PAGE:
Sunday, June 02, 2013

kok kok and nangka

The last time I went back home, my mum had packed loads of CNY gookies for me to bring back to Japan, since I wouldn't be able to celebrate CNY this year. There were few varieties of cookies, dried meat floss, the sweet pork jerky and my favourite fried prawn rolls.

I thought I'd share some with my colleagues, and the easiest to share were the almond cookies. It was nicely packaged in a tin, and I had left it at the department's "coffee corner", which is usually where we share omiyage* like these.

I realised awhile later, not many actually tried it. I then remembered that Japanese can be super hygienic. It was after some coaxing that they would take some, then only expressed how delicious it was.

This trip back in Malaysia, knowing how they prefer goodies to be individually wrapped, I looked high and low for something similar. I already knew it would be difficult, because these would mean additional unnecessary costs, and the quantity would be so little I can't really share with the whole department.

While running some errands in Mid Valley, I somehow found these Gula Tarik Kok-Kok! To be honest, I probably never really tasted these before, but would have seen these when I was a kid. I thought it was a great way to introduce traditional Malaysian candy to my Japanese colleagues.

See, they are individually wrapped, and quite nicely packaged. Each packet has the picture of the uncle selling the "sparkling candy", and a description at the back of what it is.

I think I should start packaging some of these Malaysian goodies to sell to Japanese with a penchant for individually packed candy! Well, kudos to this company for reviving traditional sweets.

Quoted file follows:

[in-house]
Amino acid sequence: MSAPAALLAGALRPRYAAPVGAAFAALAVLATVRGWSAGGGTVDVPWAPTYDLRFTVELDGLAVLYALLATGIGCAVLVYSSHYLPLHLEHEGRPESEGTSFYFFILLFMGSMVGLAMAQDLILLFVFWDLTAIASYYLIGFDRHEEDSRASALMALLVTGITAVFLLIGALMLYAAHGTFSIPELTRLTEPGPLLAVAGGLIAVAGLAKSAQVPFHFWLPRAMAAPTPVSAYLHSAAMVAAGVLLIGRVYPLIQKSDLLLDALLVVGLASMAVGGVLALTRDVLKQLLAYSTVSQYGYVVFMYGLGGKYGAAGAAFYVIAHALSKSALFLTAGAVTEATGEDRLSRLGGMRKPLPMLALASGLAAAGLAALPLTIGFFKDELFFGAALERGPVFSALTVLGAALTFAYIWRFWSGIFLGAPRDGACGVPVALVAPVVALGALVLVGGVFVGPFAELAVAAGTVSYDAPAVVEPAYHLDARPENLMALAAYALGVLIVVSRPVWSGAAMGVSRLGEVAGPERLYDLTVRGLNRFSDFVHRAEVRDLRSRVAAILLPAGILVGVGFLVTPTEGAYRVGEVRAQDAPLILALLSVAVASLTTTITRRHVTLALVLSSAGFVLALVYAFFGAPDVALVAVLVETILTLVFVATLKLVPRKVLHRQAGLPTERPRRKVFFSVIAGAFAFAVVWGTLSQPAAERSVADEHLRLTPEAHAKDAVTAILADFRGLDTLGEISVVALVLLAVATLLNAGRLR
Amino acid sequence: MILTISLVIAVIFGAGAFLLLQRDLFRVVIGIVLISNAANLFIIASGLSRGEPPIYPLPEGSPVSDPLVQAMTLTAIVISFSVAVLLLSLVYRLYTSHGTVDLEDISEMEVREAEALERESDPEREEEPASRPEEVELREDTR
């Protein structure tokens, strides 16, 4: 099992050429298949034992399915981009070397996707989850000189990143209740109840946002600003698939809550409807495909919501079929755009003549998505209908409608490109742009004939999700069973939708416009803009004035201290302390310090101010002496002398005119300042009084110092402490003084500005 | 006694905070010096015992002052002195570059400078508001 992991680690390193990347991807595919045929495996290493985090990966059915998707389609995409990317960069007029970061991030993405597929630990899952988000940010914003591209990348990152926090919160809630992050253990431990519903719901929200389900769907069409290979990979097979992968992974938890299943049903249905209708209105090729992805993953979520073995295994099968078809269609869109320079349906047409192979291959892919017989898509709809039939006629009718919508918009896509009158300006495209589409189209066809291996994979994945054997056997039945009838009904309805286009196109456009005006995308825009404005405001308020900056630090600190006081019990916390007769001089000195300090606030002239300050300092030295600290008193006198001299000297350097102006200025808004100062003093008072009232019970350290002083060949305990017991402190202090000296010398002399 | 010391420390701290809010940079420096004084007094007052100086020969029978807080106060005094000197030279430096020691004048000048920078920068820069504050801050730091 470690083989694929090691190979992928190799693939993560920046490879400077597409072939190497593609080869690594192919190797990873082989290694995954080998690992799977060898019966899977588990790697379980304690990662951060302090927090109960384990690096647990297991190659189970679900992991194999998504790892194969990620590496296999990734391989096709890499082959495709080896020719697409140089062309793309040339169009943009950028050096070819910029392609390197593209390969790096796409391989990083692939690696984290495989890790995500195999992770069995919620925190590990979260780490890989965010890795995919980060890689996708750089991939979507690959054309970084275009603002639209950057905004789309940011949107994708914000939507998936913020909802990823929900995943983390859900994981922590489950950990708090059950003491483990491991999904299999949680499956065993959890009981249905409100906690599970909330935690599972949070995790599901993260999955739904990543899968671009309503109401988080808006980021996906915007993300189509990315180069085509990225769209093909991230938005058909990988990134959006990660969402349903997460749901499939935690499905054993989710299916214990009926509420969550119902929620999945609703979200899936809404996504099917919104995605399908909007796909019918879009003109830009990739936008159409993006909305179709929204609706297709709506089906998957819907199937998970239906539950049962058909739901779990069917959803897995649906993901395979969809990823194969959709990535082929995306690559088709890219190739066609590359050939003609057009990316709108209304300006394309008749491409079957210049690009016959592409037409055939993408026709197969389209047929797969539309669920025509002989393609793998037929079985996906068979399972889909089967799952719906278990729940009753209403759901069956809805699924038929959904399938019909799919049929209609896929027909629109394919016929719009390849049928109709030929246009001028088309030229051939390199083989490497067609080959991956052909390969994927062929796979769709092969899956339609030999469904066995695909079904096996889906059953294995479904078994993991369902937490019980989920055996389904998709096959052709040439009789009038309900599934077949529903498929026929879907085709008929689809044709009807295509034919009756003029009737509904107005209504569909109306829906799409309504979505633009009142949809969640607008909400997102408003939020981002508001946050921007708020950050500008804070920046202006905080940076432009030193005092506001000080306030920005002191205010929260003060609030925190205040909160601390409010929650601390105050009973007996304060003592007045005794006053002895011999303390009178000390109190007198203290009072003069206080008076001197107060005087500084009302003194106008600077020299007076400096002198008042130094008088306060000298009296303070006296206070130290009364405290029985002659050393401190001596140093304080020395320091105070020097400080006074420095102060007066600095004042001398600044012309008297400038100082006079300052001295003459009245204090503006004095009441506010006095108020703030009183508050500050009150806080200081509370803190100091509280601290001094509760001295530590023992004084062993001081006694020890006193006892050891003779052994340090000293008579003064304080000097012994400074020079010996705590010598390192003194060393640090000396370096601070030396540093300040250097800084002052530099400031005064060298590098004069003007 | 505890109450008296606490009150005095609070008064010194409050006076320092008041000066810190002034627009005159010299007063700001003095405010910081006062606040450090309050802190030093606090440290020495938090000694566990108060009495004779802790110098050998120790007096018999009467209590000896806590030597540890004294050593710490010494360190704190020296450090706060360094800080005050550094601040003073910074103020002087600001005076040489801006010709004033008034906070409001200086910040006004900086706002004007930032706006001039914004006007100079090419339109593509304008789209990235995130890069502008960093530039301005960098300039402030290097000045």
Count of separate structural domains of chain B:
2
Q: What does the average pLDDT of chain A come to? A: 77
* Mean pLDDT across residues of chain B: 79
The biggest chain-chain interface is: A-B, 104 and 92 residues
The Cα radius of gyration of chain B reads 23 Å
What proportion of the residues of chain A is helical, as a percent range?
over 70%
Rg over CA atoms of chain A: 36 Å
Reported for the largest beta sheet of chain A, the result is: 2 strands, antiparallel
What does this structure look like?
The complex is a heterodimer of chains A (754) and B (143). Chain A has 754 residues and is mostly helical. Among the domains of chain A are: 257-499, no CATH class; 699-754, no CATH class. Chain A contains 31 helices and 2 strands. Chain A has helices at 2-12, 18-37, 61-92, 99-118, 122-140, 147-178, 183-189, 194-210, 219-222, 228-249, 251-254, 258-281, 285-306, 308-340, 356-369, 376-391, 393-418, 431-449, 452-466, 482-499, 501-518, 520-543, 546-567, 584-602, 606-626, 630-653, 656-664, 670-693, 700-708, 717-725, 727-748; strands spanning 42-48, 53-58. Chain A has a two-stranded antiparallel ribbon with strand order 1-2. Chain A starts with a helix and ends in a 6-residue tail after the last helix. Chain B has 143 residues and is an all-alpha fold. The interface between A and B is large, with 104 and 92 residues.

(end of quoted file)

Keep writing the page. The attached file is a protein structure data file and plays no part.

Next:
Since there was probably around 15 packs of the "sparkling candy", I thought of getting this dried jackfruit chips too. It's also something I've never tried myself, so why not? But then again, why would I wanna buy nangka chips when there's plenty of fresh juicy ones sold easily everywhere?!

This was such an unusual fruit that my colleagues were quite hesitant to taste it at first. I was almost insulted when they smelt it first, then asked me how it tasted. I had to remind myself that, I could have done the same if I was given a foreign fruit that I've never seen nor taste before.

I tried to describe the real fruit with juiciness almost similar to a mango (it's not a good comparison but hey it's the same colour!), and showed them a picture of a real jackfruit from the Internet. It's a bit hard to describe the texture because I've never seen anything like this in Japan to help them imagine it.

It really felt like a "show and tell" session that day.

 お土産(P); 御土産 【おみやげ】 (n) (pol) (See 土産・みやげ) present; souvenir; 

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